Communities Minister Stephen Williams MP today (14 April 2014) announced 123 more communities will be taking control of neighbourhood schemes to boost employment, combat crime and improve the health of residents.
The announcement signals a major expansion in the Our Place programme which is a neighbourhood level way of working that brings together the right people – councillors, public servants, voluntary and community organisations and the community themselves – to tackle local issues and revolutionise the way an area works.
Following the success of 12 pilot areas in 2012 to 2013, the Department of Communities and Local Government made £4.3 million of funding available to support at least 100 new areas to adopt this approach, through grants, direct support and shared learning opportunities.
The new areas cover between them a total population of 1.8 million and are looking at a wide range of issues including crime, health inequalities, energy efficiency, social isolation and employment and skills.
Stephen Williams made the announcement during a visit to Staple Hill, South Gloucestershire today (14 April 2014) where he learnt more about South Gloucester’s plans for their Our Place project and joined a meeting of local partners looking at solutions to local unemployment.
Staple Hill successfully applied to join the Our Place support programme as one of the 123 new areas – this project is led by South Gloucester Council for Voluntary Service and aims to empower local people in Staple Hill to become the solution to some of the issues the area faces. These include employment and skills, health, crime and issues facing young people.
During the visit, the minister learnt more about South Gloucester’s plans for their Our Place project and join a meeting of local partners looking at solutions to unemployment in the town.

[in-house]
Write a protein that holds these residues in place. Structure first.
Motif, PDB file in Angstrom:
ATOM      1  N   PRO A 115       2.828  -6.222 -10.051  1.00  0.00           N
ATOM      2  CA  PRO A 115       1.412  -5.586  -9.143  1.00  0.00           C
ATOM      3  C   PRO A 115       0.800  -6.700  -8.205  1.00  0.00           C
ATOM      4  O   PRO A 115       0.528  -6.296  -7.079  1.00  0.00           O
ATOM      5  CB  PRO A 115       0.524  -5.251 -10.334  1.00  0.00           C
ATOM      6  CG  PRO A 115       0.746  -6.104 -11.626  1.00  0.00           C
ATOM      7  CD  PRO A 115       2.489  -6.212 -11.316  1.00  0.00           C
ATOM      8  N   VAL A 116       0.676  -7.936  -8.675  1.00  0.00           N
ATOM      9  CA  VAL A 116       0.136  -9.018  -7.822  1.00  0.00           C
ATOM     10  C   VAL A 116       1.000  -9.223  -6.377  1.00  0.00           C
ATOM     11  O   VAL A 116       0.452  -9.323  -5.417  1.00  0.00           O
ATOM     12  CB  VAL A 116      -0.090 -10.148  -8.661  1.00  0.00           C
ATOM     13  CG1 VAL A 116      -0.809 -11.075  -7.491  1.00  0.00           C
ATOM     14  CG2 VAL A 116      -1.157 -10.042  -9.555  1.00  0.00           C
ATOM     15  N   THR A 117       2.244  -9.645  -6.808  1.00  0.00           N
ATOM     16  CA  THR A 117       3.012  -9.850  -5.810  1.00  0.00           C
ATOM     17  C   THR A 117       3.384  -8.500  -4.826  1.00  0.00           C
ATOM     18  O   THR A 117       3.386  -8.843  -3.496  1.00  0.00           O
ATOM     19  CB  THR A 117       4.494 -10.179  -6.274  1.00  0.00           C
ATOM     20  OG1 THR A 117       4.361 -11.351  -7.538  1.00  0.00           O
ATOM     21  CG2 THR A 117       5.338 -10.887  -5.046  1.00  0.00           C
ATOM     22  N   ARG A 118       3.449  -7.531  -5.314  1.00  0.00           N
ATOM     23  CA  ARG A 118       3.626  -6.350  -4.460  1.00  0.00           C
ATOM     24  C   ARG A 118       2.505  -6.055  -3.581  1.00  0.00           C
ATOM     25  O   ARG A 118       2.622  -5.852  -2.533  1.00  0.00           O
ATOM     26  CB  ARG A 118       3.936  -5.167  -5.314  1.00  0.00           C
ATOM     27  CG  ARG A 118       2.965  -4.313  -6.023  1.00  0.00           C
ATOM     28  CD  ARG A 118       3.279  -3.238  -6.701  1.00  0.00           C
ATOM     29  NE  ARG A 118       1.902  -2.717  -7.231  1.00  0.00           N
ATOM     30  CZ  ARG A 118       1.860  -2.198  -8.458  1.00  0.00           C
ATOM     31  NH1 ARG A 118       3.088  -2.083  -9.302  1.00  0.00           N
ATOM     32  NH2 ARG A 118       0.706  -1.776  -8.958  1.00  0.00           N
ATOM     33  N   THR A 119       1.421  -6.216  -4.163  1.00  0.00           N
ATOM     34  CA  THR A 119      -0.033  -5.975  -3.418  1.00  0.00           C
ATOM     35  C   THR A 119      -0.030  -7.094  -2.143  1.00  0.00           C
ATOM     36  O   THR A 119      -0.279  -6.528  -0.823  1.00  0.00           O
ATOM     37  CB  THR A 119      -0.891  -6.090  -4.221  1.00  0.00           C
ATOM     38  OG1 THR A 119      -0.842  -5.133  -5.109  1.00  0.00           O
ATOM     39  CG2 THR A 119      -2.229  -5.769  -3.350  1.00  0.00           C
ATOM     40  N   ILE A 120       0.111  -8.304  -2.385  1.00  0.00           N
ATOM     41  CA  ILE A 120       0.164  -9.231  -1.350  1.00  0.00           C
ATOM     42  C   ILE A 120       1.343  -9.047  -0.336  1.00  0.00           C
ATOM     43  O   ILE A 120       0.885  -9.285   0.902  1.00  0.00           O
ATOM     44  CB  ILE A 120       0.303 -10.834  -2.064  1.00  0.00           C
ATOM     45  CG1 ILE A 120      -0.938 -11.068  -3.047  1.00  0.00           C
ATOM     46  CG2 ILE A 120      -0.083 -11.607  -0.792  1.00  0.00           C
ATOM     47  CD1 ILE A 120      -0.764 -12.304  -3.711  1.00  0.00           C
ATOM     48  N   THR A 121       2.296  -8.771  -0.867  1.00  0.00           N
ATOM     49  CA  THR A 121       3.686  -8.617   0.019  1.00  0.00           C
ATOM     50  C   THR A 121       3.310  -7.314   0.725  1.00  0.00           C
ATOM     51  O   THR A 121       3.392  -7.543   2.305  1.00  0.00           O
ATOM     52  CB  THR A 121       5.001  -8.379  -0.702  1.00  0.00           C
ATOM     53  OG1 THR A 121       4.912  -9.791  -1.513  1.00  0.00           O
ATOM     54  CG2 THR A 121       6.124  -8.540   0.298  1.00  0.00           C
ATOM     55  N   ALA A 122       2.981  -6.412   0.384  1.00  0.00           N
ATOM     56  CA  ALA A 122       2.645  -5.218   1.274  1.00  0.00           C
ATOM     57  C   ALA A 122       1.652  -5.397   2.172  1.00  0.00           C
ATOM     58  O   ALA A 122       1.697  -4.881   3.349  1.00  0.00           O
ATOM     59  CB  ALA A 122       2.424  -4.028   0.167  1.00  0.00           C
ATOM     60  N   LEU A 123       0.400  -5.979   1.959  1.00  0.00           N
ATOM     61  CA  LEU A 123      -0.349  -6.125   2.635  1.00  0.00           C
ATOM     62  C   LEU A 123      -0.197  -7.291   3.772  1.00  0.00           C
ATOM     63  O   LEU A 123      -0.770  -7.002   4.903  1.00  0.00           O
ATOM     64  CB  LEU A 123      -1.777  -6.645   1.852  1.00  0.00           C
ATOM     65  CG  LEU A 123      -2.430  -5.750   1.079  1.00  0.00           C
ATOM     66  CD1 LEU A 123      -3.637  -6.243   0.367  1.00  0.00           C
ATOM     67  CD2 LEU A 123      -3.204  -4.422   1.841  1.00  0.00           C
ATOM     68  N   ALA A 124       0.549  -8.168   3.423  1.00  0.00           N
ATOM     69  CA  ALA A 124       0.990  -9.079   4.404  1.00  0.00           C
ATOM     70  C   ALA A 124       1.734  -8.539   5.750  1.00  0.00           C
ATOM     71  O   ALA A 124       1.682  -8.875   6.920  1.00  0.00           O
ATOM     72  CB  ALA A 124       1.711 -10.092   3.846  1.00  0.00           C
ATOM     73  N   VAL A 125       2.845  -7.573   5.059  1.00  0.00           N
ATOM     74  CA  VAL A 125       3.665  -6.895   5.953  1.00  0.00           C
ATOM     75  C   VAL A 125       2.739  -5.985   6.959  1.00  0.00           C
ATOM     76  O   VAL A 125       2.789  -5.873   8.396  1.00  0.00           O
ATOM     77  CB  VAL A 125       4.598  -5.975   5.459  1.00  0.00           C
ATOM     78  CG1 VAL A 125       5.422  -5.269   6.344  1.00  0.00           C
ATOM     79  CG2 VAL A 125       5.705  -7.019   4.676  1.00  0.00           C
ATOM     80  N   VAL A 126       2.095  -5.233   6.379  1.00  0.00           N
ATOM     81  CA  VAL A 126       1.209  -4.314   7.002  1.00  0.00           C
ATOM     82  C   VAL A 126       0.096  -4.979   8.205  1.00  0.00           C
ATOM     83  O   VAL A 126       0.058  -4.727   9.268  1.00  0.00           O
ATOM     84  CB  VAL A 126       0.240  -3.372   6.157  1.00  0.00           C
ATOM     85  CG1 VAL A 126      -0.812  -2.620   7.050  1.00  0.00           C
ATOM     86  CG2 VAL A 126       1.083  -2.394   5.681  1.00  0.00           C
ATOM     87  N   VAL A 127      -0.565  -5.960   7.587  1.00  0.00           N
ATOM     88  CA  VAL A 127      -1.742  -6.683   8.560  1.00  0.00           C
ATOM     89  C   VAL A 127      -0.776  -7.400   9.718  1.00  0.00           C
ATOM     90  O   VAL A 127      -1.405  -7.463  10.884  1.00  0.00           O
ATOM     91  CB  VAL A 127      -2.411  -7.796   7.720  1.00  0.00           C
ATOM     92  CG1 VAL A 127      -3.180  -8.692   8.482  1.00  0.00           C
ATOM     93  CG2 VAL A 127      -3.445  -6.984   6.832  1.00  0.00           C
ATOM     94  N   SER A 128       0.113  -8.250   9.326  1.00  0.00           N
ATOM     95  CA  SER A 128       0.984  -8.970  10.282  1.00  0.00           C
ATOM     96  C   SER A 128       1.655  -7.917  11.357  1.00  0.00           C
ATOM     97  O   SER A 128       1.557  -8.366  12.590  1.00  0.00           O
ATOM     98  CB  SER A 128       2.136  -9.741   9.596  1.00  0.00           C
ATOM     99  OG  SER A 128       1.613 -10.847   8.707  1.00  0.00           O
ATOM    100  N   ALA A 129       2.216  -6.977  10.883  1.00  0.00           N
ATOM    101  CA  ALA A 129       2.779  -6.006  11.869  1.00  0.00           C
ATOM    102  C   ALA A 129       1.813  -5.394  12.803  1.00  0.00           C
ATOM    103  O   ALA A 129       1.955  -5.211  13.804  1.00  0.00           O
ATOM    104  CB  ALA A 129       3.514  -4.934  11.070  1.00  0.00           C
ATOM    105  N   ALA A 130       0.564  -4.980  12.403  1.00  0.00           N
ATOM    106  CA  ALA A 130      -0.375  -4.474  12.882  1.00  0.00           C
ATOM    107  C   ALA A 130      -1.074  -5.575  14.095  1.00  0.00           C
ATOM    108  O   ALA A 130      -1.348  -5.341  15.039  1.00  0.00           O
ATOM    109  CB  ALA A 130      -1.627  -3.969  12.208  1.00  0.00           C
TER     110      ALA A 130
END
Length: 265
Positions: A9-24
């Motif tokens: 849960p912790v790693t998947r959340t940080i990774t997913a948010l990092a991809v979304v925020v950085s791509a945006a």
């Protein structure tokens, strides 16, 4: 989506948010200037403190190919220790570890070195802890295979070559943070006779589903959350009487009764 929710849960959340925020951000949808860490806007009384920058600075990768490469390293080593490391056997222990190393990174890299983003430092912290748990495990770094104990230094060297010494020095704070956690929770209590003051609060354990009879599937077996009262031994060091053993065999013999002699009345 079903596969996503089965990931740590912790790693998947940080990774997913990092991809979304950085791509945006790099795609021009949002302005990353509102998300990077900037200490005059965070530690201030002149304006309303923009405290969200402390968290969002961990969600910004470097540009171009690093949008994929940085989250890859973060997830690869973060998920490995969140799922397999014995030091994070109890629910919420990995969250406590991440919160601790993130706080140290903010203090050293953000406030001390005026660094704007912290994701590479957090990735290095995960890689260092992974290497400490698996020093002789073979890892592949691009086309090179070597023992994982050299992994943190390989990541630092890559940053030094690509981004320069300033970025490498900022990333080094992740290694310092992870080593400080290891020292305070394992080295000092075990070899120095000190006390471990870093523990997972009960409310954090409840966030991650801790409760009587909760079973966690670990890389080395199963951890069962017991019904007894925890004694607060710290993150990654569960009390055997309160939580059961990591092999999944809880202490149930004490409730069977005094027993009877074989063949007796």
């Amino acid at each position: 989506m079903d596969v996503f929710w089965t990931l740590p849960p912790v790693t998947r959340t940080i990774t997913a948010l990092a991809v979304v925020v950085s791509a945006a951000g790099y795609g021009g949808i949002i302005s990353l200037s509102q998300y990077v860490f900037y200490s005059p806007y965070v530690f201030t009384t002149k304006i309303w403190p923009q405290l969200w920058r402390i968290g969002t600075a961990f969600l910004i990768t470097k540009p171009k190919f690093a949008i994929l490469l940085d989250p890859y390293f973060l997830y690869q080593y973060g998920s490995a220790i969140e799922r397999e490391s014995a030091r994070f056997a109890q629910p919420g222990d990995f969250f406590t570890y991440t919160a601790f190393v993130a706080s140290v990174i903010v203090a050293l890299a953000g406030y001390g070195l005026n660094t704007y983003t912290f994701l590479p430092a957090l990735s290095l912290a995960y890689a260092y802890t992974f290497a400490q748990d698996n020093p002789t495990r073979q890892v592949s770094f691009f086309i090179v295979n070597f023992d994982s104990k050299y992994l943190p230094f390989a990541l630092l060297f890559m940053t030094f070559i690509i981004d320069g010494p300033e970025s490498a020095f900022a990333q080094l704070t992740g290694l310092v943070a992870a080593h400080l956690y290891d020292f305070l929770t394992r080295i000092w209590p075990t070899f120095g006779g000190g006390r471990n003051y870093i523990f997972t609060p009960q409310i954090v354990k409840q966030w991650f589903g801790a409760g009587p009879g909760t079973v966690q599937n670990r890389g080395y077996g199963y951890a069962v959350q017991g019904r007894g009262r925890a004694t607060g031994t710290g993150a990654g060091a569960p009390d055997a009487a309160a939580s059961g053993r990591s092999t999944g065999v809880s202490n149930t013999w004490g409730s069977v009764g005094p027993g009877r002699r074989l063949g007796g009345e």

Communities Minister Stephen Williams MP said:
I am delighted to be able to announce that 123 new areas are now being supported to work in an Our Place way. Strong examples from the pilot areas show that when a community is engaged and active in determining how their neighbourhood works, real change is possible. I am pleased that through Our Place, communities all over the country are hearing this message and taking up the challenge to build a stronger economy and fairer society and to tackle local issues through new ways of working.
It’s been great to visit Staple Hill and see for myself an Our Place project that is beginning to engage the whole community and form innovative solutions to local problems.
Nick Hurd, Minister for Civil Society said:
Using local knowledge to help solve local issues is often the most effective way of making communities stronger and safer. Our Place is about putting real power into people’s hands to improve where they live and I hope it will act as an inspiration to other communities.
Steve Wyler Chief Executive Officer of Locality said:
We’re looking forward to working with 123 areas from across England implementing using the Our Place approach to transform local public services. Community groups, local authorities, parish and town councils, and local businesses will work in partnership with local citizens to bring change to public service delivery. We relish the challenge of supporting these areas to produce development strategies and operational plans, to see local services where local people have taken charge in addressing the issues that matter the most to them, and to recruit champions who will help us share this model more widely.
Backed by a £4.3 million support package a consortium led by Locality is working with the department to help at least 100 communities to design and deliver local services that focus on local priorities and reduce costs. For example in Poplar, East London a volunteer ‘Health Champion’ programme (led by local housing and regeneration community association, Poplar HARCA), plans to save the NHS a potential £4 million over 5 years by promoting healthy lifestyles and improving treatment of those at risk of diabetes. Read more information on Our Place